This season proved what we all knew last season, even if we did not want to say it: that Robinho was the wrong man at the wrong time, not suited to English football, not interested in Manchester City. Once he broke a bone in his ankle on international duty Hughes was pleased with the chance to give Craig Bellamy a run in the side. The inury put him out for three months, and when he came back he reminded us just how frustrating he was with two terrible performances in those painful defeats at White Hart Lane and Goodison Park. Roberto Mancini had as little time for him as Hughes did, and when he was removed at Everton it was clear his time was up. It was nice he could score one last goal, in the last minute at Scunthorpe, before he left for Santos on a loan deal. I don't expect to see him hurrying back to City in August. D

Roque Santa Cruz (7 starts, 4 goals)

Another of Mark Hughes' overspends on established Premier League players, Santa Cruz was a luxury buy - one that we would surely not have made had we known about signing Emmanuel Adebayor. And even aside from Adebayor, spending £17million on someone with a fitness record as bad as Roque's just does not make sense. I don't think Santa Cruz is a bad player - in fact I quite enjoy watching him, he's a clever target man and is a much more natural partner for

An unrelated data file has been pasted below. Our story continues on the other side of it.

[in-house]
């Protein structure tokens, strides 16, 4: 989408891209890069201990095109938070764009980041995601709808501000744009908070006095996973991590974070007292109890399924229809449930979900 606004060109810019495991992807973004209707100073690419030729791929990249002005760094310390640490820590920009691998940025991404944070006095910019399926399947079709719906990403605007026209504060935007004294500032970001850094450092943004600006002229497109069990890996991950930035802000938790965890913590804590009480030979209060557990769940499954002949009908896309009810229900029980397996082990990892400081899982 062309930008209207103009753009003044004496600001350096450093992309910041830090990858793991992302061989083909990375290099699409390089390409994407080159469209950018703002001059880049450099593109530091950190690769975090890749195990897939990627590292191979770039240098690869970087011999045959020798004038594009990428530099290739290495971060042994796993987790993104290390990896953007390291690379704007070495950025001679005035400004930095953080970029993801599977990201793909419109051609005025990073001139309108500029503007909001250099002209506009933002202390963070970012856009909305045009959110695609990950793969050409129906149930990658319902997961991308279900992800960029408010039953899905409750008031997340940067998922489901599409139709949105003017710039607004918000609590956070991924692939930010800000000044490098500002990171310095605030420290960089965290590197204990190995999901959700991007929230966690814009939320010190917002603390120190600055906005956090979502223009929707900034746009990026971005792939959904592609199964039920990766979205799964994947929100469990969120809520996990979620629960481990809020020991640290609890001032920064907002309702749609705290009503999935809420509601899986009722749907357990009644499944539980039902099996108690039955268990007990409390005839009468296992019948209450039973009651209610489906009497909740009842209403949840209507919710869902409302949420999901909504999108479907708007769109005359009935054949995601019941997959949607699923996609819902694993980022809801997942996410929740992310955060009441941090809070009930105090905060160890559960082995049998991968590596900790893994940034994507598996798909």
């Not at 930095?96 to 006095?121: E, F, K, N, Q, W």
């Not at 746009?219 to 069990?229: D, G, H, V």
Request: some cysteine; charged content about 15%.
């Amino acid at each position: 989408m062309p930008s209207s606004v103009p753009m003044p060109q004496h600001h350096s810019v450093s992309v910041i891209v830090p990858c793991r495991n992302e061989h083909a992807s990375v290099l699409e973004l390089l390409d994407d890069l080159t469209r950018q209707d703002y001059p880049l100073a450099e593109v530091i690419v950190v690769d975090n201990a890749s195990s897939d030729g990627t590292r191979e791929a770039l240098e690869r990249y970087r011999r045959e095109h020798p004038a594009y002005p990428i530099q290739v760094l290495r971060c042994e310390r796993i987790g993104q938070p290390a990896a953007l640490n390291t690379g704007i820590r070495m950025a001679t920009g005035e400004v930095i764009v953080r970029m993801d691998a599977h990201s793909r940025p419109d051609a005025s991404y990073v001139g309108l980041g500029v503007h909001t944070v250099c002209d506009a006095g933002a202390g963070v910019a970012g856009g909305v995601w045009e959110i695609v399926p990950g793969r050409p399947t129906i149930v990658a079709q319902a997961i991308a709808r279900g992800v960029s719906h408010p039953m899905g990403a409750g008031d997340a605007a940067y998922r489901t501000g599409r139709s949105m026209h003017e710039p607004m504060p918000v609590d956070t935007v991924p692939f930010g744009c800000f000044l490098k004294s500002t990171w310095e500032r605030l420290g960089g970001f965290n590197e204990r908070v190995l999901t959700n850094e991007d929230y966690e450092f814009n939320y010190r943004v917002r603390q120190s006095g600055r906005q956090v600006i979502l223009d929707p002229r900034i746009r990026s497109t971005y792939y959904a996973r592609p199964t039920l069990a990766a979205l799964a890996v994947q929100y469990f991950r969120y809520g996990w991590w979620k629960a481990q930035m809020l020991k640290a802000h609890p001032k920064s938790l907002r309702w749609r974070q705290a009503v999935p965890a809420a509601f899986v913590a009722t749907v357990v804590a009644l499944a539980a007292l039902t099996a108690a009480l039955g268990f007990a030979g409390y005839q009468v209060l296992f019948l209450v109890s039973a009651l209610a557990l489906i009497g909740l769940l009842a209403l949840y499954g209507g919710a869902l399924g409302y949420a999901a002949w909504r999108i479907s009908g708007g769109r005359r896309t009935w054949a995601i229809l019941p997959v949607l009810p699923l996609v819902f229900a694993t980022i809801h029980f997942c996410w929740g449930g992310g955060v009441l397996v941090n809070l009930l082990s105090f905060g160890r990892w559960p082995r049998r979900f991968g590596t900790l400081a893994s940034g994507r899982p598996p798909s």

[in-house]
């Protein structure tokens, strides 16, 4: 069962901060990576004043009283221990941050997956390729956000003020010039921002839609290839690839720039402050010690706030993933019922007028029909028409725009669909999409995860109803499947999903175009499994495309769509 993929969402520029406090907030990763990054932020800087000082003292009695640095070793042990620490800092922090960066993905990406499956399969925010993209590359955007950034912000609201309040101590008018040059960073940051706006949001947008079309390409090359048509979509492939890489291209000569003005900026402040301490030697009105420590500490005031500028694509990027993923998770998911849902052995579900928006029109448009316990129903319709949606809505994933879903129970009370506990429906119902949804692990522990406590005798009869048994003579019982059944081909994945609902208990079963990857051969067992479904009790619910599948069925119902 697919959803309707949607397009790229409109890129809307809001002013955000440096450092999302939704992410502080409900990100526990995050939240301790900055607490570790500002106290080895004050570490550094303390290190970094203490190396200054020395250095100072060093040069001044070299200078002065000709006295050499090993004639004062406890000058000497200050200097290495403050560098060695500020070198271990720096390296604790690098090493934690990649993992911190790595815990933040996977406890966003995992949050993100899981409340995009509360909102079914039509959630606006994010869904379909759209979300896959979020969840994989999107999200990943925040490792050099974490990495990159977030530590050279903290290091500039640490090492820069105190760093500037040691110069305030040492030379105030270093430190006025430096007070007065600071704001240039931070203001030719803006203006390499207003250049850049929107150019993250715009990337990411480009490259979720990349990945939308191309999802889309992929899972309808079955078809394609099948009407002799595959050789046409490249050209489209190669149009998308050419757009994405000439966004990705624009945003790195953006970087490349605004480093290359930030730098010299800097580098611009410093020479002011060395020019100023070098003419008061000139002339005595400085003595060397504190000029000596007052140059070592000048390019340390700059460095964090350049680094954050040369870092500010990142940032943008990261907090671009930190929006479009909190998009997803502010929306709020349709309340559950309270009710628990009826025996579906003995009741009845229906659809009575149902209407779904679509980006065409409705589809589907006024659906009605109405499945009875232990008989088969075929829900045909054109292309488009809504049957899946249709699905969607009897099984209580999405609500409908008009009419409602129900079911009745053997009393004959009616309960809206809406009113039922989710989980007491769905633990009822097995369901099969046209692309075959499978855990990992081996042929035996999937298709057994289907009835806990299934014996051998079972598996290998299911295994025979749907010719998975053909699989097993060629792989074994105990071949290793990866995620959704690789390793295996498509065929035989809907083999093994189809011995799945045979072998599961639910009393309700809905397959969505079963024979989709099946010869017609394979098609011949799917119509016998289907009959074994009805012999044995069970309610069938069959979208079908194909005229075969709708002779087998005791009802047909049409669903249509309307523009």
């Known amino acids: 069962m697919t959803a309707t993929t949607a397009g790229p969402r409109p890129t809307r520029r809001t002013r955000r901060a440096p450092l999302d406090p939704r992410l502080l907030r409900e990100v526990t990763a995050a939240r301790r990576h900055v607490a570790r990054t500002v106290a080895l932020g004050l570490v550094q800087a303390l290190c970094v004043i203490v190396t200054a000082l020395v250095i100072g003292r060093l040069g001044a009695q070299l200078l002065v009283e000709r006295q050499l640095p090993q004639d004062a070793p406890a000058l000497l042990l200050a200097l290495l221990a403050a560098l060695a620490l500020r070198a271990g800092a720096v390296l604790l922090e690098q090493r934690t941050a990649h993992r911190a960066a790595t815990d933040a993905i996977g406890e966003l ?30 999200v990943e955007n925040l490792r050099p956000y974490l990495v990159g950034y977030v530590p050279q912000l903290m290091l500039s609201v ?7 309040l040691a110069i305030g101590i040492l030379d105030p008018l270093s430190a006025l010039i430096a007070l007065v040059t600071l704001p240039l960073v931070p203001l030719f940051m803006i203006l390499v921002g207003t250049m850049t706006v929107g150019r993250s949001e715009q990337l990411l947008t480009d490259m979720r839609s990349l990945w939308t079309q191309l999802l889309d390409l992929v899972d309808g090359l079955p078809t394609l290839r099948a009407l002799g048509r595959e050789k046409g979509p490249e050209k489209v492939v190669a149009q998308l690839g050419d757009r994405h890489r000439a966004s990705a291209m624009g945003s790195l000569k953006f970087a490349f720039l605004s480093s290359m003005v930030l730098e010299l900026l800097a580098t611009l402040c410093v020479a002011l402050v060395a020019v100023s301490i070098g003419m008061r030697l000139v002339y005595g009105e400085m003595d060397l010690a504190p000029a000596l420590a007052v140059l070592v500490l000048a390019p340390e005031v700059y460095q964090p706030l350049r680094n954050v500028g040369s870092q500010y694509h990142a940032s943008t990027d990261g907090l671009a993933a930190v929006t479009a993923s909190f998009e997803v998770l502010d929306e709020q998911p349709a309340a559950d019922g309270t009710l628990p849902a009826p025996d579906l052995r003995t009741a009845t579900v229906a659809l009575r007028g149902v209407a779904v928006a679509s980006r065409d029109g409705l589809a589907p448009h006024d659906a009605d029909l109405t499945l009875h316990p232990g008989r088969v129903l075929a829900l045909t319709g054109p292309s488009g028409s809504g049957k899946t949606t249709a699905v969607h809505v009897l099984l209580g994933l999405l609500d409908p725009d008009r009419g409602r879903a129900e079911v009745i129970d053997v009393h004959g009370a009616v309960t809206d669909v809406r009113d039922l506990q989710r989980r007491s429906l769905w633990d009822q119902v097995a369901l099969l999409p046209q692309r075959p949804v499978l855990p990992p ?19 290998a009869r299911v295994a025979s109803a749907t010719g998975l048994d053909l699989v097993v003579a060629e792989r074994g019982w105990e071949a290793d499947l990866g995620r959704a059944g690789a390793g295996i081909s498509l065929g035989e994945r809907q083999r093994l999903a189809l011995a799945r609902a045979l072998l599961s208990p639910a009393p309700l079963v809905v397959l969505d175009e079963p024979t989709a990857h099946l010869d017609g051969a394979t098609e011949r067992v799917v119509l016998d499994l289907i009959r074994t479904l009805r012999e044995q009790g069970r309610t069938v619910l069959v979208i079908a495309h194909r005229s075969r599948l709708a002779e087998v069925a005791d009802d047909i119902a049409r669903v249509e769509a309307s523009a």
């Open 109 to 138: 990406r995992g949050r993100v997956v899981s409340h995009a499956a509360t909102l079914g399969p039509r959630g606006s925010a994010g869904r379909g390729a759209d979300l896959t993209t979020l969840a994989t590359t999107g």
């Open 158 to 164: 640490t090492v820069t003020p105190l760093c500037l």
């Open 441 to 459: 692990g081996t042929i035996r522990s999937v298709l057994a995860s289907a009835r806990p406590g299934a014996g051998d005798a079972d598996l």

Tévez than Adebayor. But he just can't string two or three games together. It's not his fault he has these problems, but you can't expect any consistency from a man that prone to injuries. C-

Carlos T
évez (38 starts, 29 goals)

The signing, the story, the star of the season. Carlos Tévez was taken from Manchester United in the summer; it was a sign of our progress that we could take advantage of his dispute with the Old Trafford bosses, and there was a hope that he could drag us to the next level, in a way that Robinho could not. At first it did not seem to be working. He was impaired by an injury and seemed, like Adebayor, to be more keen on embarrassing his former club than on doing well for his new one. When he missed those chances to put us 4-2 up against Burnley I must admit to having doubts. But soon enough it clicked. Starting with his goal against Arsenal Reserves at Eastlands, he went on the most remarkable goal-scoring run in years: 24 goals in 22 games. It was enough to win him the December and January awards, and while he spent much of February back in Buenos Aires he returned to win the March award. He showed that he could lead the line as well as anyone, even if he clearly prefers the freedom of the second striker. His ability to carve opportunities and goals from nowhere allowed us to continue scoring, winning and chasing fourth while playing some fairly lifeless football. He might not like Roberto Mancini but he provided him with the breathing space, delivering goals while Mancini focussed his attention on the back four. Tévez finished the season with 23 league goals, the most in the top flight since Franny Lee's 33 in 1971/72. He might have his faults - I still don't trust his penalties - and his agent is clearly an agitator, but for as long as he's at City he is a compelling player, a marvel to watch and a major protagonist in our story. A, and TLDORC Player of 2009/10